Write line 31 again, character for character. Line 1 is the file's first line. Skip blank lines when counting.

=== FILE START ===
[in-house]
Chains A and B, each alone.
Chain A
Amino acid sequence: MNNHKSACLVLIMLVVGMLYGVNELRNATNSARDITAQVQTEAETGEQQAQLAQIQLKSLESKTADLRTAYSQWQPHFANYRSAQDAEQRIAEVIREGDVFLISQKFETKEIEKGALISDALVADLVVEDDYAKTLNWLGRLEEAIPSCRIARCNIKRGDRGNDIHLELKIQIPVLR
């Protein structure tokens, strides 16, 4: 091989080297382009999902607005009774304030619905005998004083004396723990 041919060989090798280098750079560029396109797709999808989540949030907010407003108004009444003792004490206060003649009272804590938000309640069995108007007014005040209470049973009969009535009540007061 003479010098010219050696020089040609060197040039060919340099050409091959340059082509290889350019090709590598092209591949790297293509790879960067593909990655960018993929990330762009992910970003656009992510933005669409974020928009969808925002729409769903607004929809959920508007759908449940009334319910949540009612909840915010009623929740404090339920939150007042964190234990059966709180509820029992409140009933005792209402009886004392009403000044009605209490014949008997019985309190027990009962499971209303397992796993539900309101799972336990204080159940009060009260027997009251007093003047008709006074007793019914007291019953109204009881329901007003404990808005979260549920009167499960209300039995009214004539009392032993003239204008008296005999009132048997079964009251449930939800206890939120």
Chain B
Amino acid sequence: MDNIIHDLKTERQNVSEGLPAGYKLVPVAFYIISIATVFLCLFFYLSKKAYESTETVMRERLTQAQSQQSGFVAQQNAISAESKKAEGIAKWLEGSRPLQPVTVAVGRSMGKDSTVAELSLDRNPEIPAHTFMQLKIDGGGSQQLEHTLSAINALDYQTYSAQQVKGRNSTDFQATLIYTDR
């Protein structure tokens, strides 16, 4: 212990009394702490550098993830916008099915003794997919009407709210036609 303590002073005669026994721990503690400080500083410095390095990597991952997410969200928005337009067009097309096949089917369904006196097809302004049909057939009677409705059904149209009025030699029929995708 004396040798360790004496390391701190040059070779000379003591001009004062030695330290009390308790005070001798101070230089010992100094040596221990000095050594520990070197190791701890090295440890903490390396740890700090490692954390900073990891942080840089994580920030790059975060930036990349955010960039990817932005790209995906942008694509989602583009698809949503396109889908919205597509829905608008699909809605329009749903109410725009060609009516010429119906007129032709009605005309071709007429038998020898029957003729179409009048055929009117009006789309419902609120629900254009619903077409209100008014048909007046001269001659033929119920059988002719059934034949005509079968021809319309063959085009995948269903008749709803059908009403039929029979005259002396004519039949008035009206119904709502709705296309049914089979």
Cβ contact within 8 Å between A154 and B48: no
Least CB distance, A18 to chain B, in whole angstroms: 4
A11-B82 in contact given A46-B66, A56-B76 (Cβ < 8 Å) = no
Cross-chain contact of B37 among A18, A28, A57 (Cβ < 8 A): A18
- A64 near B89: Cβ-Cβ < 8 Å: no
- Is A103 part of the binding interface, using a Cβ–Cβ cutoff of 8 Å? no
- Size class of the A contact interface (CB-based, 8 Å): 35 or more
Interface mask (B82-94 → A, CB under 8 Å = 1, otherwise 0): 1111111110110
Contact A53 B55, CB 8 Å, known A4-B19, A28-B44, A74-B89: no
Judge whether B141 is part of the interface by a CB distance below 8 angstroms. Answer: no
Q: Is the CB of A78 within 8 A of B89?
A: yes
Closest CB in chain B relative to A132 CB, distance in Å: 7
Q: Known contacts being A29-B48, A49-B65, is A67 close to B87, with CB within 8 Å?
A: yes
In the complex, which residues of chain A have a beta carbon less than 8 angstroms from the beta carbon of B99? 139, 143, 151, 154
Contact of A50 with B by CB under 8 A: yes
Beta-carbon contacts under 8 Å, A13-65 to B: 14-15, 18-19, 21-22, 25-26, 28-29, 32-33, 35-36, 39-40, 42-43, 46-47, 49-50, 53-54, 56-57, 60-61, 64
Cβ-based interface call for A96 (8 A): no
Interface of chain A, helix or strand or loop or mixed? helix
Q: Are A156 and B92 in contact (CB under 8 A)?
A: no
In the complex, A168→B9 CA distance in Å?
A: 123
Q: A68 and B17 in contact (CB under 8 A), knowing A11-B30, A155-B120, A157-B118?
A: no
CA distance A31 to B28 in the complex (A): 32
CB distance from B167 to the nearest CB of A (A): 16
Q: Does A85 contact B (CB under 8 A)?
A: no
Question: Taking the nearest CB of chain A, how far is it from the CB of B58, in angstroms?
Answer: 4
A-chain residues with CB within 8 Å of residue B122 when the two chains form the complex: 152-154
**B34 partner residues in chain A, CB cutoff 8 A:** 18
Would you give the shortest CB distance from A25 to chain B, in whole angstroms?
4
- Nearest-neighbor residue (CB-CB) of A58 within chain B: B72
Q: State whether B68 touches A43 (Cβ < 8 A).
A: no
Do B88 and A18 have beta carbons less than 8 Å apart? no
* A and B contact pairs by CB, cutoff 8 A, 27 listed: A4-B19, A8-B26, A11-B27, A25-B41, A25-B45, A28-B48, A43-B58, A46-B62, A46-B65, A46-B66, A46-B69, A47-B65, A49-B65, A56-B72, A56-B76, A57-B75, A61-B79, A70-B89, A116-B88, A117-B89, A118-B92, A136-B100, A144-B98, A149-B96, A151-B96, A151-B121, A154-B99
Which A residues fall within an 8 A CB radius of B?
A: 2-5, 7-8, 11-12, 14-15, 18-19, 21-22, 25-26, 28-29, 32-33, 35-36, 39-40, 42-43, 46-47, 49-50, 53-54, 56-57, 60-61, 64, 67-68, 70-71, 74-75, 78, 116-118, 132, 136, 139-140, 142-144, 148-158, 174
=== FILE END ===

In the complex, A168→B9 CA distance in Å?